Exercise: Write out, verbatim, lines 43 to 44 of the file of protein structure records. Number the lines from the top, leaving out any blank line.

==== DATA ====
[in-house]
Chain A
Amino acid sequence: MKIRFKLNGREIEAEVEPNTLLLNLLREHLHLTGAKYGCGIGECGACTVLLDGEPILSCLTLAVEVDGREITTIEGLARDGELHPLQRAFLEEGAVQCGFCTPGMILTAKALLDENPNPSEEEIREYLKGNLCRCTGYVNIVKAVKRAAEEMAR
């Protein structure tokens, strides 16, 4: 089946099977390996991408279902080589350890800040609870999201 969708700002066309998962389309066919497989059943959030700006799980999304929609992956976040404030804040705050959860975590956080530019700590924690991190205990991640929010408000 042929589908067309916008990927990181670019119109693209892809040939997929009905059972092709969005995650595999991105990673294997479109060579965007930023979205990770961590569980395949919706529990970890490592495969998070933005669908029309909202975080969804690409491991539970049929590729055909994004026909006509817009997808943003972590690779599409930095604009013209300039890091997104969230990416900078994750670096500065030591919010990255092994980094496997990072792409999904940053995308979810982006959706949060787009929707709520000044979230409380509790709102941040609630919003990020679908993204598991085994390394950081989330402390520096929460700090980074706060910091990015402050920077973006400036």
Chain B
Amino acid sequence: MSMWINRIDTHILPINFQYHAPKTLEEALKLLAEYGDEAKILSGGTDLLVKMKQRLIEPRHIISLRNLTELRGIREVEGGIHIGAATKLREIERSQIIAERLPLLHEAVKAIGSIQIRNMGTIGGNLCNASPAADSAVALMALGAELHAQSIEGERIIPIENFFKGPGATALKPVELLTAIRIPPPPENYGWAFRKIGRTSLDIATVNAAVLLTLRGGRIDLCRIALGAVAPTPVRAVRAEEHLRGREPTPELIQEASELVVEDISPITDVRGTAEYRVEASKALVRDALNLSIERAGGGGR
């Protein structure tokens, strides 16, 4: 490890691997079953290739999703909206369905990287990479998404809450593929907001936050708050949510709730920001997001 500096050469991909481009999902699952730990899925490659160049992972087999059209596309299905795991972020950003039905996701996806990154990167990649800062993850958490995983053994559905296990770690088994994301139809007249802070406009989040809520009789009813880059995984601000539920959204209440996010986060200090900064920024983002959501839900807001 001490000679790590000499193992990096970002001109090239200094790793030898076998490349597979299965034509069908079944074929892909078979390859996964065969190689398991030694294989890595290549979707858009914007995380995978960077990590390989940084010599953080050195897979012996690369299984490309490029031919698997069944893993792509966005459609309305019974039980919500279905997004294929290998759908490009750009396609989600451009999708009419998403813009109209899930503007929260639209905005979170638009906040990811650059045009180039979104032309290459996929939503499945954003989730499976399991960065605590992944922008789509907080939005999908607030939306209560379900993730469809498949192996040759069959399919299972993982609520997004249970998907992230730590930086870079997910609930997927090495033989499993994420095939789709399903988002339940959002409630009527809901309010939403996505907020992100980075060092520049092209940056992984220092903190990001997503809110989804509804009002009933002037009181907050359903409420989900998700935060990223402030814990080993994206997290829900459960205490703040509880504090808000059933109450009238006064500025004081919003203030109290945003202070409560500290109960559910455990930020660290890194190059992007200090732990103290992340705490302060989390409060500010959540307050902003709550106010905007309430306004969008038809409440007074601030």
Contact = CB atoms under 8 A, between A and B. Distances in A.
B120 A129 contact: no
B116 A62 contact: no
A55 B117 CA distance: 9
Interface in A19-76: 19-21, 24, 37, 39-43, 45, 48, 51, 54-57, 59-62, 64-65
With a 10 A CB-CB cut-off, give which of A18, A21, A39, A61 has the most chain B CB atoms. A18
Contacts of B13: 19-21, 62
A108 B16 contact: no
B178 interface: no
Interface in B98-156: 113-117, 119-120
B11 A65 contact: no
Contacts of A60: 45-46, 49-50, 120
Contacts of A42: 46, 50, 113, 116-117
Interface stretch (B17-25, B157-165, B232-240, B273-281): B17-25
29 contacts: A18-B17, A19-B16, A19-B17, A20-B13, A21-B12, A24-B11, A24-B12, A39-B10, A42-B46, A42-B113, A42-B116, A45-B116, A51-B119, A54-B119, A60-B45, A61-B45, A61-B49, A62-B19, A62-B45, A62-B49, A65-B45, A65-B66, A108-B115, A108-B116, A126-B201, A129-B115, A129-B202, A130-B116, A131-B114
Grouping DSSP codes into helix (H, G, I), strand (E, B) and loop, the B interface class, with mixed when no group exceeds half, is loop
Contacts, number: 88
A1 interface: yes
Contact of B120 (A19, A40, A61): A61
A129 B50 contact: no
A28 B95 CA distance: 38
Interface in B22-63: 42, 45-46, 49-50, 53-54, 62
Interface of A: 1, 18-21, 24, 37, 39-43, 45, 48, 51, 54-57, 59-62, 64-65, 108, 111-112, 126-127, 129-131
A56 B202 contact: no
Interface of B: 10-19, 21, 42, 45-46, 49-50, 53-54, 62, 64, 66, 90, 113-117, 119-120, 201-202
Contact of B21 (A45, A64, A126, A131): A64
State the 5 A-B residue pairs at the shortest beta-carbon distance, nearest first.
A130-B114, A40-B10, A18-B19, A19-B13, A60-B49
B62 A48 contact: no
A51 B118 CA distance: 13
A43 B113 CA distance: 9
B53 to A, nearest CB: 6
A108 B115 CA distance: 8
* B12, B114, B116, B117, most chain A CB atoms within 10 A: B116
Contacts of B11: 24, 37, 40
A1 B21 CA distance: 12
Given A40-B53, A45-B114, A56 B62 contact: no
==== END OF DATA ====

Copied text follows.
A1 B21 CA distance: 12
Given A40-B53, A45-B114, A56 B62 contact: no